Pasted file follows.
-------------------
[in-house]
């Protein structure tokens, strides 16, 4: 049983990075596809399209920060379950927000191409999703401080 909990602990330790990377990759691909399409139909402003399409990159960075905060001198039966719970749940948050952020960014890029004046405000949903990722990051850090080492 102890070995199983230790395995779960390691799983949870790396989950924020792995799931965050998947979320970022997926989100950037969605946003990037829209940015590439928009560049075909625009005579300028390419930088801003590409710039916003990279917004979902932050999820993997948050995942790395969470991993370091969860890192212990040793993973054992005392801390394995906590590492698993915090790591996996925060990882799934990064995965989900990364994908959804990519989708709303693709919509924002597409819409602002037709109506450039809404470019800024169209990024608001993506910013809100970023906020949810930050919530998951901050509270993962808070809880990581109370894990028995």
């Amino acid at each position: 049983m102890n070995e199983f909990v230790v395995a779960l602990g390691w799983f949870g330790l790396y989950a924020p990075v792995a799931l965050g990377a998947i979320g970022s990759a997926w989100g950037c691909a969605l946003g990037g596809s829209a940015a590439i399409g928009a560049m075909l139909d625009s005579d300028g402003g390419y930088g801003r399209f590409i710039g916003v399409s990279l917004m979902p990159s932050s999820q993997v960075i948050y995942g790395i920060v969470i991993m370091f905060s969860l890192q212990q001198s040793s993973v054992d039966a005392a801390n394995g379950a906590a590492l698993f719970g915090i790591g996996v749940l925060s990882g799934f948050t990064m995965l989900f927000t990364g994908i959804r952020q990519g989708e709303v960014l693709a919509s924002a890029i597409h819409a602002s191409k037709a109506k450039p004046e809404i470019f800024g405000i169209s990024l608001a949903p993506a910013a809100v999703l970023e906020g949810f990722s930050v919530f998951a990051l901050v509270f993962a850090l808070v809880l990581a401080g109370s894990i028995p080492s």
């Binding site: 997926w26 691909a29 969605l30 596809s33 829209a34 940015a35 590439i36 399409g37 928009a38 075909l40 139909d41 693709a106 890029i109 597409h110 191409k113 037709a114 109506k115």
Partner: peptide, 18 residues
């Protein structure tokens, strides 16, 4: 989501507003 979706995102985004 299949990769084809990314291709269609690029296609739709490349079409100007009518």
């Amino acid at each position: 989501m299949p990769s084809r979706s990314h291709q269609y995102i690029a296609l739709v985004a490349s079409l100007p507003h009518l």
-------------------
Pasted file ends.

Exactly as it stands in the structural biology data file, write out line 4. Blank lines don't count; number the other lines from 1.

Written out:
């Binding site: 997926w26 691909a29 969605l30 596809s33 829209a34 940015a35 590439i36 399409g37 928009a38 075909l40 139909d41 693709a106 890029i109 597409h110 191409k113 037709a114 109506k115």